A loyal core of riders and racers means a hardcore hunger for more. As GFNY started to build momentum in the U.S., loyal riders were asking how they could do more. Initially, Lidia and Uli, encouraged those who asked to get to Italy. See the birthplace of granfondo. Inject the passion of travel and perspective into the passion for cycling. But where to start? While still growing the GFNY brand in the U.S. there was only one place to expand to that made sense – the mother land – Italy. The GFNY Italia experience was born in the Mediterranean town of Terracina, a short, 90-minute drive from the Rome airport, and a true slice of what Uli later referred to as “authentic Italy”. This was not tourist Italy, this was living Italian, as Italians did every day. And most importantly, racing as Italians did.
And on September 20, 2014 – the inaugural GFNY Italia race was on in Terracina. The first GFNY outside of New York, and the U.S. This was just the beginning of the global cycling marathon series that now covers 20 races annually on four continents.
In Italy, racers from the U.S. felt comfortable doing a GFNY event. While European racers came from all over the continent to try their luck on the Panoramica of Sperlonga, and the other epic climbs, then descending, back to the sea for a celebration.
During the planning of the GFNY Italia experience, Lidia and Uli were contacted by Shaun Gad on the Mexican island of Cozumel, in Quintana Roo. Shaun, his wife Daniela, and their partners the Gonzales brothers had assisted the Mexican and local governments in bringing Ironman to the Island. But as they were primarily cyclists, they were looking to create a non-triathlon cycling experience, and race on the Island. Lidia was familiar with Cozumel from racing and completing Ironman events there. Both Lidia and Uli loved the Island, and so after a brief conversation were on the next plane to Cozumel to plan the first Latin American GFNY event, GFNY Cozumel.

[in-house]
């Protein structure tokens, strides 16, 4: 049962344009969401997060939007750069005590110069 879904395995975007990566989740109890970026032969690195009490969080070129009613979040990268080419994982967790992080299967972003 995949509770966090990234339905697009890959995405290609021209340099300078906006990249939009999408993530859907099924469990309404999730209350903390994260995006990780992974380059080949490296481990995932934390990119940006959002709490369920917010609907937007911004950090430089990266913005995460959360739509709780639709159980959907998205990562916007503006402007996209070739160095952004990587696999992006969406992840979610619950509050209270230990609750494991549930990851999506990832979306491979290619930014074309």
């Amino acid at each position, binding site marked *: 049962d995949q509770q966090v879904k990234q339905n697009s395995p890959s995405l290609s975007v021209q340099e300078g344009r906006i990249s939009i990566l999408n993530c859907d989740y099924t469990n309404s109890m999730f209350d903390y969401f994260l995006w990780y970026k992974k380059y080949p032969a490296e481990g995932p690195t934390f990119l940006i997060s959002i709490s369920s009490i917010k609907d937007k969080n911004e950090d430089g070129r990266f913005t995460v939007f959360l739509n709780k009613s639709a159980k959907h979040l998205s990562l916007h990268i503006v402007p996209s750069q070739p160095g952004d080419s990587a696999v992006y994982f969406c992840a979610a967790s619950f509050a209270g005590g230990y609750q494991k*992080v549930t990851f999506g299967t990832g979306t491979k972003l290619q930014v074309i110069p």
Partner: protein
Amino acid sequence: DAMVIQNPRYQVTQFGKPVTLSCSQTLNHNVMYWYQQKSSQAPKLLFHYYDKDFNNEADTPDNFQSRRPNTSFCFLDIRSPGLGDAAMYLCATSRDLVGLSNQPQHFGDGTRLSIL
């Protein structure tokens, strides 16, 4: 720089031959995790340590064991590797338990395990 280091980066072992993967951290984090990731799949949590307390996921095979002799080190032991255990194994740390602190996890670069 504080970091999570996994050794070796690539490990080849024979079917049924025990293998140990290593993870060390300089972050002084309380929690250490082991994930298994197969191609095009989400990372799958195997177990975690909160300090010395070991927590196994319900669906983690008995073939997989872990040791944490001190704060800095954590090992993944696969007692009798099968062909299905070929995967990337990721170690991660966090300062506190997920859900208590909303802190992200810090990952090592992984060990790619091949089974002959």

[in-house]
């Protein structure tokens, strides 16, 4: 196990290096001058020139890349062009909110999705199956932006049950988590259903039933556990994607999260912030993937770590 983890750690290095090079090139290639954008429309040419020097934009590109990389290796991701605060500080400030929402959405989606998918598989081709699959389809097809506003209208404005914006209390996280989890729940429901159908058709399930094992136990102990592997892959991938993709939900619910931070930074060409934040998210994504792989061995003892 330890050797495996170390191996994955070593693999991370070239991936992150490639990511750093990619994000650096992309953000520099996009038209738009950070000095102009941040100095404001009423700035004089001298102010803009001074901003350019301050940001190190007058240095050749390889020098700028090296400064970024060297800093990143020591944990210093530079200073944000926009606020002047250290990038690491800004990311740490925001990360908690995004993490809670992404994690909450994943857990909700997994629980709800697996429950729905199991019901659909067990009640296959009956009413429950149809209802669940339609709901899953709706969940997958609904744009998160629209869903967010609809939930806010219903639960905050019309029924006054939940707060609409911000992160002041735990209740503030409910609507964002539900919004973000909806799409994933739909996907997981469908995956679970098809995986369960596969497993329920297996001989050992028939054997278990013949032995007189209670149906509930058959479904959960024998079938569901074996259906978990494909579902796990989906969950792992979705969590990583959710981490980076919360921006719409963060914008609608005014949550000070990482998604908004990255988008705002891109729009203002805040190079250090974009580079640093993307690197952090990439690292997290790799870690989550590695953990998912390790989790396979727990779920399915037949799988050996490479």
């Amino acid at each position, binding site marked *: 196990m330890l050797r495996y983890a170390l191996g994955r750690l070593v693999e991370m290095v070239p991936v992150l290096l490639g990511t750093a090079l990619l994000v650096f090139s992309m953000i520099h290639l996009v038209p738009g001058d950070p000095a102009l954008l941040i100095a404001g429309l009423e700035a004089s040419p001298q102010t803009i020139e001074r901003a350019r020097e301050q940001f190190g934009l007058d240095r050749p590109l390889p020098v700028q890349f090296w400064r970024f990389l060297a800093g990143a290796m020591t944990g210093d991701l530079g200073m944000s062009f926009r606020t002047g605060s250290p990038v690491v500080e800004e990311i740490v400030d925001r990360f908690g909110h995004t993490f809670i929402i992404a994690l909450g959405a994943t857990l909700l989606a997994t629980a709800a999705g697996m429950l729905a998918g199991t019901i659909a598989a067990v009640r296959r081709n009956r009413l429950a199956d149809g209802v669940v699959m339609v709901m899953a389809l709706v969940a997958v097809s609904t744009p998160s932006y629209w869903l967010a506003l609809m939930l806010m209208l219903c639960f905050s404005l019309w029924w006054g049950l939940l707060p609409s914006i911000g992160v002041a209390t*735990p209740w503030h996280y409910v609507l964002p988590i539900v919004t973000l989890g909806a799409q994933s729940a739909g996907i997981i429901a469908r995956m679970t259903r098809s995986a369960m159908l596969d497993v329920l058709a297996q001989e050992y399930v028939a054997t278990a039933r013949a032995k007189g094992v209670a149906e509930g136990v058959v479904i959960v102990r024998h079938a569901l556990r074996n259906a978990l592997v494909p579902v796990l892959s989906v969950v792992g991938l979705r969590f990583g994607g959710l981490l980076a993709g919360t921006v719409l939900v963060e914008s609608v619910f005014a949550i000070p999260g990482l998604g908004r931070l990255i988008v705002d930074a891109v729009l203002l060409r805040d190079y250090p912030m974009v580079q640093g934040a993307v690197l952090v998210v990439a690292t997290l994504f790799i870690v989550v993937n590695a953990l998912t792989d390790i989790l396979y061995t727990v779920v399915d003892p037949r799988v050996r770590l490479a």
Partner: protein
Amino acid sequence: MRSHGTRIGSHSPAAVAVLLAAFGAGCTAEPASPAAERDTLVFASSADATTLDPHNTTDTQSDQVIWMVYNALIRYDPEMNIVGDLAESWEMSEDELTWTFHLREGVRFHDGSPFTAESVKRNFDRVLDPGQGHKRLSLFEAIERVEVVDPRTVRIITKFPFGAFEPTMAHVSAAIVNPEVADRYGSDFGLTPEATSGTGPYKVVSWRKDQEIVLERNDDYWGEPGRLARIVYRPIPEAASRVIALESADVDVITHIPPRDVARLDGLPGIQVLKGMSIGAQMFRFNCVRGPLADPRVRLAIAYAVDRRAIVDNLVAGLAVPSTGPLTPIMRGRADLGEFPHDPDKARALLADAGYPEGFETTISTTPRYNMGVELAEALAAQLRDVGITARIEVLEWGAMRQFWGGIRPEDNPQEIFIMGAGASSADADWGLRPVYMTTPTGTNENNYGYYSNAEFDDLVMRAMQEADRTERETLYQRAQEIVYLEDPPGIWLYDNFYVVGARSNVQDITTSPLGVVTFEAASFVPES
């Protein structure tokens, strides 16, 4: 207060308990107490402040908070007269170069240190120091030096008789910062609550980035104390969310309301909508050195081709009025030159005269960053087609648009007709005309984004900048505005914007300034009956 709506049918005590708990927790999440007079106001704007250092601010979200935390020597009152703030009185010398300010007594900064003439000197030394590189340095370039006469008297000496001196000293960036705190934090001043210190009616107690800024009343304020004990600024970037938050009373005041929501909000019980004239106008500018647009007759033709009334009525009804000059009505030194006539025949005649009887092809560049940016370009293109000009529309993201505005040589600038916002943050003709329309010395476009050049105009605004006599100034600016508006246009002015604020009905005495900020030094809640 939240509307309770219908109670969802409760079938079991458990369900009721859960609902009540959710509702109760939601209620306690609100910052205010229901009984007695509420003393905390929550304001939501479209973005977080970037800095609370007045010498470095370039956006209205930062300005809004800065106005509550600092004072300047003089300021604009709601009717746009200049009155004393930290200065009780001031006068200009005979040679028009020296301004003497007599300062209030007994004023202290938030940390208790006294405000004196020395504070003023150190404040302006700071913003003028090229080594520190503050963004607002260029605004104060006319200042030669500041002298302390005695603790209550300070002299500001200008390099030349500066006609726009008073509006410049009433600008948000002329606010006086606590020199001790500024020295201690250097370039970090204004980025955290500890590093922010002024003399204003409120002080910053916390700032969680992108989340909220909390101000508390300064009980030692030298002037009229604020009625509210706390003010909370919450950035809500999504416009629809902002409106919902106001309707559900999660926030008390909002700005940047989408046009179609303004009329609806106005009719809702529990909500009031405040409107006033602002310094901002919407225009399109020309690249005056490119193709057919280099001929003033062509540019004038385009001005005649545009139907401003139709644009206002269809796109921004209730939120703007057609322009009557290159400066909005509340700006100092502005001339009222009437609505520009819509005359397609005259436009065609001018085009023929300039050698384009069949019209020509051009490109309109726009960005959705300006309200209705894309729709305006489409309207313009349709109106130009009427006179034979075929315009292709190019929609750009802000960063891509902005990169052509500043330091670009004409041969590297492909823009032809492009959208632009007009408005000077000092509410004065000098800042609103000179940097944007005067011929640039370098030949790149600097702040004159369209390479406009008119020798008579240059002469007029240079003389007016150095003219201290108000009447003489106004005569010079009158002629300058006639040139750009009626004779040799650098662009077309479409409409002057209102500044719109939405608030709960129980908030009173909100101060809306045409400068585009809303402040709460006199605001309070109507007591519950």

The inaugural GFNY Cozumel was running on November 20, 2014. During the event, Uli had an extra bottle of water left prior to the end of the race. In the group that he was riding in, he asked who needed water. The bottle was handed off to Juan Carlos of Colombia. He gladly took the bottle, and soon after, GFNY Columbia was organized by Juan Carlos for the following March.
GFNY was now on three continents. North America, South America, and Europe.
Excited and entrepreneurial riders started to spread the GFNY series around the globe. While man organizers succeeded in creating new races in the GFNY format, several did not do so well. With a commitment to maintaining the high standards now established for the GFNY brand, Lidia and Uli were careful stewards of the GFNY Global Series and had to make some difficult decisions surrounding GFNY events that were not working out. Compromising quality for quantity was not in the GFNY playbook, and while some of those decisions were difficult, each was a learning experience that helped Lidia and Uli support organizers in just about every corner of the world.
The commitment to quality was the key component to the idea to start GFNY Apparel in 2017. The GFNY jersey had always been mandatory at all races, and the design process was constantly evolving. As passionate cyclists, Lidia and Uli’s commitment to quality and to not wanting to market anything that they themselves would not wear was a key driver in seeking to exercise control over the design and quality processes. The universe of jersey cuts, colors, and quality were a constant struggle for maintaining the consistency the brand deserved. Being consistent with high quality apparel, on the money sizing, and trendsetting color palettes and design patterns became a significant improvement to the rider experience, and a hallmark of the GFNY brand. The GFNY jerseys from all over the world became as much a part of the rider experience, and as much a trophy as the finisher medals.
2018 saw the continued evolution of the GFNY brand expanding to new places, new races, new faces. It also saw an expansion of the GFNY Apparel line into GFNY Sunglasses. Once again bringing a cyclist’s eye, functionally, and aesthetically, Lidia researched, tested, and pushed the limits patience, passion, and persistence to create an eyewear experience that was made for cyclists both on and off the bike. To wear not only the cycling identity, but the GFNY cycling identity in a trendsetting eyewear line that transcends current fashions, while providing functional features that benefit cyclists in all conditions. It took ten months to get it right, and the GFNY Sunglasses were on display at the GFNY World Championship NYC expo in May of 2018, and once again, a product that Lidia and Uli are proud to wear themselves.